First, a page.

Tackling the net zero skills challenge


15 March 2022

Engineering services alliance Actuate UK is working with Energy Systems Catapult (ESC) on a strategy to boost the creation of a skilled workforce that will play a central role in reducing emissions from the built environment and deliver on the government carbon targets.

The built environment is responsible for more than 40% of all carbon emissions and skills shortages in key engineering professions can threaten to derail the UK’s plans for decarbonising buildings and preparing the UK for a net zero economy. Moreover, the net zero challenge will require the sector to look to people with IT/digital, creative, energy systems, and Artificial Intelligence skills, as well as more ‘traditional’ engineering. 

These are the issues to be tackled by the new strategic research project, funded by the Engineering Services Training Trust Ltd (ESTTL), with the outcomes to be shared with partner industry organisations in the umbrella body Actuate UK so the improved understanding and training innovations can benefit the whole engineering services sector. The research will also seek to quantify the benefits to business from having well-trained, competent people, and the business case for companies to be involved in skills development.

ESC is an  independent, not for profit, centre of excellence for energy systems innovation and transformation for net zero. Director Richard Halsey, said: “We’re embarking on an in-depth study of the built environment sector, aiming to take a once in a generation opportunity to produce ‘a robust strategy’ to transform the culture to encourage upskilling and unleash innovation. 

“Net zero buildings need to work for the people who use them…that won’t happen unless the workforce knows how to plan, design and deliver to meet those needs and can do so to the pace and scale needed to meet the challenge of climate change.”

Helen Yeulet, director of training and skills at the Building Engineering Services Association (BESA), who also leads the Actuate UK Skills Group, will be working with ESC and industry stakeholders on this project. She said: “The net zero agenda is already presenting a range of new challenges to our members and those of our partners in Actuate UK. To remain at the heart of the net zero discussion we must ensure we have a suitably trained workforce with a range of new skills to go with the technical and process innovations our sector has already developed.

“Employers will need to recruit from a much wider demographic than we do currently – to meet our responsibilities and take advantage of the huge business opportunities. Our work with the ESC will help to clarify what strategies and innovations we need to make progress.”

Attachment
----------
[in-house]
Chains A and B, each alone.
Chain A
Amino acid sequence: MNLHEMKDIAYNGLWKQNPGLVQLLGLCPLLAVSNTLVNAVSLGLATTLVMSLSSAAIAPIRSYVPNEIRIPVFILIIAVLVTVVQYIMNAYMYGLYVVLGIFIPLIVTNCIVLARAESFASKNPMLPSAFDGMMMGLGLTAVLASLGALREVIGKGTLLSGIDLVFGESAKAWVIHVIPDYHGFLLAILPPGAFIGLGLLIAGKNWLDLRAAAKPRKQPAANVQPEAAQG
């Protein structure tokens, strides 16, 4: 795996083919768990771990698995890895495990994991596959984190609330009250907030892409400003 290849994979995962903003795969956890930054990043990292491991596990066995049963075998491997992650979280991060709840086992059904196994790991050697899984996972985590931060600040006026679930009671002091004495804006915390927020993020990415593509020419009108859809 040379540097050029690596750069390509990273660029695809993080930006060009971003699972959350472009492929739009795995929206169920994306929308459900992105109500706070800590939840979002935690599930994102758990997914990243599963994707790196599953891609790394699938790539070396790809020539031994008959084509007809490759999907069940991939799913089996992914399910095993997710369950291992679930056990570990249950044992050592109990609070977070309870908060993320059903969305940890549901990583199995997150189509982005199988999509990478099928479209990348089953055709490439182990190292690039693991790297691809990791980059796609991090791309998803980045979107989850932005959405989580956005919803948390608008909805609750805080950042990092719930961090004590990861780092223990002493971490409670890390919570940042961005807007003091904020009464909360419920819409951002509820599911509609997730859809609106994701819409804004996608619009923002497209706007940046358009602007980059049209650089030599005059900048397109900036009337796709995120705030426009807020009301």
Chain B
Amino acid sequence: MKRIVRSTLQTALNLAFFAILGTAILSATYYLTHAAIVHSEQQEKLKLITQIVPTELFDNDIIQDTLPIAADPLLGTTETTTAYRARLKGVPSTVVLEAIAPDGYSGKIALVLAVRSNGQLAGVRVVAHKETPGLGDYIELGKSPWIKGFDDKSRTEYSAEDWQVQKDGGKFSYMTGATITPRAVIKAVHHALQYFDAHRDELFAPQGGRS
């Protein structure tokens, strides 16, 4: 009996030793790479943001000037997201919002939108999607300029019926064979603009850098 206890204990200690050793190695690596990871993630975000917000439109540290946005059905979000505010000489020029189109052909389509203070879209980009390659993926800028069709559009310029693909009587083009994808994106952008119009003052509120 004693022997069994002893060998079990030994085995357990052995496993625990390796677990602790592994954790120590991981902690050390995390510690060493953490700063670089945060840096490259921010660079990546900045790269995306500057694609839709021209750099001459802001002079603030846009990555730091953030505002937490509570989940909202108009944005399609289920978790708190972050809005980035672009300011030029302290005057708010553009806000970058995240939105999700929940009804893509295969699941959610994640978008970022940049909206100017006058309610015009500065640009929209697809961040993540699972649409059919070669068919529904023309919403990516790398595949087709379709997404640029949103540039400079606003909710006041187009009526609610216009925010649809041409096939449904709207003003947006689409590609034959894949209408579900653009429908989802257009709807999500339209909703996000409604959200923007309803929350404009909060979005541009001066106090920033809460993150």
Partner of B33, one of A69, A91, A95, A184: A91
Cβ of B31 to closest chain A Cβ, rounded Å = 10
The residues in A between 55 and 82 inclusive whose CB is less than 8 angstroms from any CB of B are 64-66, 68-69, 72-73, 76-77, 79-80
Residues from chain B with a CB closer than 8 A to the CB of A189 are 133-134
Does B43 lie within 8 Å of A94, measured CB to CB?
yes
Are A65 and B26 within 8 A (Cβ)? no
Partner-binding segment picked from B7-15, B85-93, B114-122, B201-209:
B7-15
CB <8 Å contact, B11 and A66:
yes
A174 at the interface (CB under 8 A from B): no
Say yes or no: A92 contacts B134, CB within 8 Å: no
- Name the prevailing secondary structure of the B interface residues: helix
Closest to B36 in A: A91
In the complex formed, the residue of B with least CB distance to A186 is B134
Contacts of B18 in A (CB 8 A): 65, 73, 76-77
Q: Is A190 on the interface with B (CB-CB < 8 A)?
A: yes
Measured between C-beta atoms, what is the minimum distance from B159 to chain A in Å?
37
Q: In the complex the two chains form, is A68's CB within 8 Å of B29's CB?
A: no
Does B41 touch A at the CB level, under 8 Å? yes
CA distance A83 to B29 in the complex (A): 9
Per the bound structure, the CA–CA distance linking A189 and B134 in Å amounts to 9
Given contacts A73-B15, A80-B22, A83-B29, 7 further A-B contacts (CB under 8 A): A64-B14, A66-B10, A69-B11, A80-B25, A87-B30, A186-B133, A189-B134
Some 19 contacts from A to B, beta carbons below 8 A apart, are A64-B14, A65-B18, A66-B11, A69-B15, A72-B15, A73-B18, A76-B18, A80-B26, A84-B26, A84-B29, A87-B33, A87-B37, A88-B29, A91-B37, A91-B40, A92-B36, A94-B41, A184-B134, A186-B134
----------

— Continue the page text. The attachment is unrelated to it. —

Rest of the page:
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Andrew Eldred, director of workforce and public affairs at ECA, one of the Actuate UK members, added: “Tens of thousands of engineering services workers already possess the core competences required to deliver net zero. But, the sector’s recruitment of apprentices and others, including career changers, needs to grow substantially. We also require more accessible, high-quality upskilling training for net zero.” 

More about the project

The ESC has been working on understanding the skills needed to address the transition to net zero for more than two years. It has reviewed the work of the industry and of academics, and has had regular communication with the government and the Institute for Apprenticeships and Technical Education. This has allowed it to develop a comprehensive picture of the challenges, and to better understand the competencies required. 

It aims to bring all this knowledge to bear on this project and has set in motion a process of first defining the causes of the problem and then working with stakeholders to trial potential solutions. Key considerations include securing the buy-in of stakeholders by ensuring the commercial and technical feasibility of its ideas leading to better training and recruitment outcomes.

If you would be willing to support the future skills development of the industry by helping with this important research, please fill out this short contact form. The ESC will then be in touch and all responses will be anonymous unless otherwise agreed. 

Express your interest now.